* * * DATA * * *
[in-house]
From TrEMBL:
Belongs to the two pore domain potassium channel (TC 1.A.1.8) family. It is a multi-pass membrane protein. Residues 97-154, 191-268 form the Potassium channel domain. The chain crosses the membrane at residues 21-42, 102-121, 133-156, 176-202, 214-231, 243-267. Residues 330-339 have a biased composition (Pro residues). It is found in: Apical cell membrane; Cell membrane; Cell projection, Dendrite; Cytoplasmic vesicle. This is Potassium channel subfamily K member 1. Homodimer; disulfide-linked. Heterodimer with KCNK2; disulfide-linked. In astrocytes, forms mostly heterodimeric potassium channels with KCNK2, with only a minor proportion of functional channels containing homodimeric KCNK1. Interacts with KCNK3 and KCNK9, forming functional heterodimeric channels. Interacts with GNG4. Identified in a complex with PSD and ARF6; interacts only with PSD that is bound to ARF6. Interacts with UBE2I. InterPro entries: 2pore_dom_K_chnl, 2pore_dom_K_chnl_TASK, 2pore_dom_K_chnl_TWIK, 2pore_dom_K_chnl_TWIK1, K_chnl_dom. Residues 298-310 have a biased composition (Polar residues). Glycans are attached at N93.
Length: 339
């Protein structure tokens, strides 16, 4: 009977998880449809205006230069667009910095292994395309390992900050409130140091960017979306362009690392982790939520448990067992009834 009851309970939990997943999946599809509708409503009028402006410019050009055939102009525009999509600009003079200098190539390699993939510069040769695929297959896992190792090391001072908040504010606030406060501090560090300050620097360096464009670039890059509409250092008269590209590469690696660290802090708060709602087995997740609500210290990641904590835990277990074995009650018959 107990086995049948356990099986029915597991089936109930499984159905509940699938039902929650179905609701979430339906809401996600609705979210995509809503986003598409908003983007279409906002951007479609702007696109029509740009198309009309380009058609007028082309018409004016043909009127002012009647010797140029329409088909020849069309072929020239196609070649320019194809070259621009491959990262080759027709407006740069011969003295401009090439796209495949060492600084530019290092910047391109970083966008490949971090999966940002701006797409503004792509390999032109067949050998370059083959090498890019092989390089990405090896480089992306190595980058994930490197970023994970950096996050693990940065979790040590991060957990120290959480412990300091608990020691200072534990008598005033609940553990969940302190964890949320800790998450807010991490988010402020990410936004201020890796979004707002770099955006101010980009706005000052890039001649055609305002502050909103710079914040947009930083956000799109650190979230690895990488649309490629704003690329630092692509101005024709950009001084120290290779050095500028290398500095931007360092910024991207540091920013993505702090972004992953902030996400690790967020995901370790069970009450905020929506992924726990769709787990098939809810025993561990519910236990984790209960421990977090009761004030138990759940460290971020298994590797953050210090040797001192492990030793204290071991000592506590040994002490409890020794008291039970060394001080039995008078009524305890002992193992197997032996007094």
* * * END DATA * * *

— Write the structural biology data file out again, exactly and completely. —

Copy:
[in-house]
From TrEMBL:
Belongs to the two pore domain potassium channel (TC 1.A.1.8) family. It is a multi-pass membrane protein. Residues 97-154, 191-268 form the Potassium channel domain. The chain crosses the membrane at residues 21-42, 102-121, 133-156, 176-202, 214-231, 243-267. Residues 330-339 have a biased composition (Pro residues). It is found in: Apical cell membrane; Cell membrane; Cell projection, Dendrite; Cytoplasmic vesicle. This is Potassium channel subfamily K member 1. Homodimer; disulfide-linked. Heterodimer with KCNK2; disulfide-linked. In astrocytes, forms mostly heterodimeric potassium channels with KCNK2, with only a minor proportion of functional channels containing homodimeric KCNK1. Interacts with KCNK3 and KCNK9, forming functional heterodimeric channels. Interacts with GNG4. Identified in a complex with PSD and ARF6; interacts only with PSD that is bound to ARF6. Interacts with UBE2I. InterPro entries: 2pore_dom_K_chnl, 2pore_dom_K_chnl_TASK, 2pore_dom_K_chnl_TWIK, 2pore_dom_K_chnl_TWIK1, K_chnl_dom. Residues 298-310 have a biased composition (Polar residues). Glycans are attached at N93.
Length: 339
């Protein structure tokens, strides 16, 4: 009977998880449809205006230069667009910095292994395309390992900050409130140091960017979306362009690392982790939520448990067992009834 009851309970939990997943999946599809509708409503009028402006410019050009055939102009525009999509600009003079200098190539390699993939510069040769695929297959896992190792090391001072908040504010606030406060501090560090300050620097360096464009670039890059509409250092008269590209590469690696660290802090708060709602087995997740609500210290990641904590835990277990074995009650018959 107990086995049948356990099986029915597991089936109930499984159905509940699938039902929650179905609701979430339906809401996600609705979210995509809503986003598409908003983007279409906002951007479609702007696109029509740009198309009309380009058609007028082309018409004016043909009127002012009647010797140029329409088909020849069309072929020239196609070649320019194809070259621009491959990262080759027709407006740069011969003295401009090439796209495949060492600084530019290092910047391109970083966008490949971090999966940002701006797409503004792509390999032109067949050998370059083959090498890019092989390089990405090896480089992306190595980058994930490197970023994970950096996050693990940065979790040590991060957990120290959480412990300091608990020691200072534990008598005033609940553990969940302190964890949320800790998450807010991490988010402020990410936004201020890796979004707002770099955006101010980009706005000052890039001649055609305002502050909103710079914040947009930083956000799109650190979230690895990488649309490629704003690329630092692509101005024709950009001084120290290779050095500028290398500095931007360092910024991207540091920013993505702090972004992953902030996400690790967020995901370790069970009450905020929506992924726990769709787990098939809810025993561990519910236990984790209960421990977090009761004030138990759940460290971020298994590797953050210090040797001192492990030793204290071991000592506590040994002490409890020794008291039970060394001080039995008078009524305890002992193992197997032996007094």